Jewel Brown
Thanks For Good Ole’ Music And Memories

Nic Allen Music Federation
Publicity:  Blind Raccoon

Peter “Blewzzman” Lauro © January 2023


Although she was playing shows at the age of twelve and cutting records shortly thereafter, Jewel Brown is best known for her work during her nearly decade long stint (1961-1968) singing with Louis Armstrong and His All-Star Band.  In the early 70s, she took a break from music to spend the next thirty years as a “successful entrepreneur” instead of a “successful entertainer”.
Interestingly, it was during her retired years when Jewel was inducted into the Blues Smithsonian (2007); received a congressional acknowledgement for her contribution to the arts (2015); and was honored by Houston, TX Mayor Sylvester Turner, when he declared December 12, 2000, as “Jewel Brown Day“.  But her story isn’t over yet because in her mid-80’s, Jewel Brown is back. As Living Blues put it:  “Reintroducing the one and only, legendary Jewel Brown. The most jazzy-blues singer on earth.” 

Thanks For Good Ole’ Music And Memories contains ten tracks with seven being collaborations between Jewel and Nic Allen, the album’s producer.  The many musicians backing up the fabulous vocals of Ms. Brown include: Robert Clayton Sanders on keyboard; Clayton Dyesse on guitar; Joshua Washington on bass; John Fontenot on drums; Dwayne Williams Sr. on percussion; Christopher Cotton and Eli Micheaux on trumpet; Wycliffe Gordon II on alto and tenor saxophones; Nic Allen on bass and background vocals; with   Zedekiah Franklin and Dashon Brown on background vocals.   Additional musicians, who – with some of the others already mentioned – are part of groups called the RADS Krusaders and Live! In The Clutch, include: Mark Scurlock Jr on saxophones, Yul Dorn Jr on drums, Al T. Alexander Jones Jr on keyboard and organ, Nic Allen on bass, Jarvis Hooper on trombone.
The disc opens with a rhythm driven rumba titled “Jerry” (H. Belafonte & L. Burgess), a fifties hit for Harry Belafonte that was fully titled “Did You Hear About Jerry?”  Oddly enough, the song is about the life of a troubled mule…. I think.  The reason I say I think, is there’s a line in the song where Jewel sassily tells of her man coming home after being out drinking and gambling and he’s just too tired to take care of ‘home work’, and that’s when she calls Jerry….I’m just leaving it at that. With lots of heat coming from the full horn section, the track is highlighted by fabulous percussion from Dwayne.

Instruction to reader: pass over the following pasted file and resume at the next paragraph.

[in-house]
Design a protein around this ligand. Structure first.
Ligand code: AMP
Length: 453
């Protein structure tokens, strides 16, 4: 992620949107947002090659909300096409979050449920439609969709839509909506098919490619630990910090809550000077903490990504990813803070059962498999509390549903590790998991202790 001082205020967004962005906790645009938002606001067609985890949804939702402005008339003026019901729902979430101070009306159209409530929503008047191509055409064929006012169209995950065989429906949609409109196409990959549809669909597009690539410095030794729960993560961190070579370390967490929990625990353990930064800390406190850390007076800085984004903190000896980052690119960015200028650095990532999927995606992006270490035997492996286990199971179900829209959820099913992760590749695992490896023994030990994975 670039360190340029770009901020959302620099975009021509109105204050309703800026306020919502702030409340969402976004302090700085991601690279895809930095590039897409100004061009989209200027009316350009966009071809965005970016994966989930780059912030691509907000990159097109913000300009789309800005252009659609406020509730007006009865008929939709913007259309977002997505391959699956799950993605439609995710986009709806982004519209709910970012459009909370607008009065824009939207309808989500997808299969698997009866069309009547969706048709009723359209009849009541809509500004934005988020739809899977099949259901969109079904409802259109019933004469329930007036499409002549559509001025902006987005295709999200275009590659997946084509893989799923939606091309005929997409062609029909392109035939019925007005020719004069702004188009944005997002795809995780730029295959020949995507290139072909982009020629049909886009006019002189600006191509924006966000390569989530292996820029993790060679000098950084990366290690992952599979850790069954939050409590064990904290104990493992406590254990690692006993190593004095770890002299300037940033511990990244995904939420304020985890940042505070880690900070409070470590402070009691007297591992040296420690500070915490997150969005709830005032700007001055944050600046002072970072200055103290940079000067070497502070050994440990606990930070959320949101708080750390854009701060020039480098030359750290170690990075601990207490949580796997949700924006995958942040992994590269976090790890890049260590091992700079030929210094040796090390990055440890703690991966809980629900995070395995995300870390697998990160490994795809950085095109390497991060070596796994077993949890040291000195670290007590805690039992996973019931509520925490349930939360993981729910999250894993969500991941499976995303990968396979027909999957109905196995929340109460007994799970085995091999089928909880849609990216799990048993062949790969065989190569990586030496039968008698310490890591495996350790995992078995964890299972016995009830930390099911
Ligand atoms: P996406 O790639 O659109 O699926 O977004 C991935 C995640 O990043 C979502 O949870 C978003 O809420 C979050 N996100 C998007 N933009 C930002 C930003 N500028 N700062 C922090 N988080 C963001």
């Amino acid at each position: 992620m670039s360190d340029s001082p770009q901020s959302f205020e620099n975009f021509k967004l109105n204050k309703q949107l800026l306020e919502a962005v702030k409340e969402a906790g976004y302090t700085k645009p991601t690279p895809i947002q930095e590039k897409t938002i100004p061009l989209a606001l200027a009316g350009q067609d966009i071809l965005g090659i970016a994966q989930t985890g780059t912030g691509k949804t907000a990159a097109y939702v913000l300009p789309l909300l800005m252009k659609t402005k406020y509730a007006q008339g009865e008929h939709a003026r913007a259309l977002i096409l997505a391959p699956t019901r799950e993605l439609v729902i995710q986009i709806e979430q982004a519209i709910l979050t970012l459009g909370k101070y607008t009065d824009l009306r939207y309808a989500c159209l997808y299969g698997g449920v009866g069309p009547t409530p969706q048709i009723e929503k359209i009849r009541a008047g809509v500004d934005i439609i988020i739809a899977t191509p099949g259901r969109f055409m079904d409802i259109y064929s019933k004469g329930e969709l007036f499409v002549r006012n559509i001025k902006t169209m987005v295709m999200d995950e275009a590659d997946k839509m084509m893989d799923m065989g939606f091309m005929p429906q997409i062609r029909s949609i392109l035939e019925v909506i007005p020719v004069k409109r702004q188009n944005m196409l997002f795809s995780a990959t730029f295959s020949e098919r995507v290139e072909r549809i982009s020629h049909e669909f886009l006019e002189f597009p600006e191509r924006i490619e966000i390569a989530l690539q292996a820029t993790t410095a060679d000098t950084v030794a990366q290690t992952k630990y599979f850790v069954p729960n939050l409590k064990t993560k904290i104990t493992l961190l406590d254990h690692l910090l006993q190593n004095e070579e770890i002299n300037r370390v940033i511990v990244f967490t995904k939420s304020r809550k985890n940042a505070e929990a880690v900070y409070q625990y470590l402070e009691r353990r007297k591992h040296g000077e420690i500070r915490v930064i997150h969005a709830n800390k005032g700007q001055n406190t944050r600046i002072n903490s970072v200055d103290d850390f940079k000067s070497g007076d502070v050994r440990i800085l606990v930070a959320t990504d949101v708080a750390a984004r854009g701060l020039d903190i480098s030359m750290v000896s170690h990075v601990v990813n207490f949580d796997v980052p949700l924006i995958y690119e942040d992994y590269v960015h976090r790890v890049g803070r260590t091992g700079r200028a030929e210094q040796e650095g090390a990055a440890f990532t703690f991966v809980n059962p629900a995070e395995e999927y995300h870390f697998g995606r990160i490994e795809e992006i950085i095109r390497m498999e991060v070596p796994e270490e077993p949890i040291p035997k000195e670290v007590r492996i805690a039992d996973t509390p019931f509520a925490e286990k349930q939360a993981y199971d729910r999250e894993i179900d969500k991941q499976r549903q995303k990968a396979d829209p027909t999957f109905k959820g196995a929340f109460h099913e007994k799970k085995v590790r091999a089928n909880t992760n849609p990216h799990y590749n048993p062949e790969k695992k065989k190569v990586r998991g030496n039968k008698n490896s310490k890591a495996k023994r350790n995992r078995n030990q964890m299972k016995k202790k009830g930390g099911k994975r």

This original is titled “Pain And Glory” but it could have easily been titled “The Gospel According To Jewel”.  It’s an inspirational spoken word type presentation that features several members of the band providing the outstanding background music – with their voices.   

Another original titled, “Nitches And Glitches”, finds Jewel addressing the antics of her game playing lover.  As it turns out, it’s the other ‘itches’ not mentioned in the title that are the real cause of her frustration, anger and attitude.  It all becomes clear as she exclaims “I’m, tired of all your nitches and glitches… and all them funky bitches”.  Another powerful rhythm track led by strong drumming from John, outstanding organ leads by T. Alexander, and sizzling horn arrangements.   
“Song Of The Dreamer” (Eddie Curtis), which was written by her ex, is my favorite song of the lot.  It was like two different songs that became one.  On one hand, when I focused on the jazzy groove the band was in, it sounded like I was listening to an instrumental being performed by a 6-piece jazz band, and on the other hand, when I focused on the fabulous voice of Jewel, it sounded like I was listening to an intimate solo performance.  All of it coming together was nothing short of a masterful production. 
Another original that showcases the amazing vocal skills and versatility that Jewel Brown possesses is “On The Road”.  It’s a soft and silky ballad where the band is in an easy groove which allows Jewel to shine with style, sass and even some scat.            
Other songs on this quite jazzy and very blues disc include: “Why Did You Do That?”; “Which Way Is Up?” (N. Whitfield); “Flatitude”; “I Love Sunshine Even More Than Rainy Nights”; and “How Did It Go?” 

should like to find out more about Jewel Brown, just go to –  Remember, wherever you go and whomever you speak with, please tell them their friend the Blewzzman sent you.  

The Blues Is My Passion And Therapy
Peter “Blewzzman” Lauro
Blues Editor @
2011 “Keeping The Blues Alive” Award Recipient

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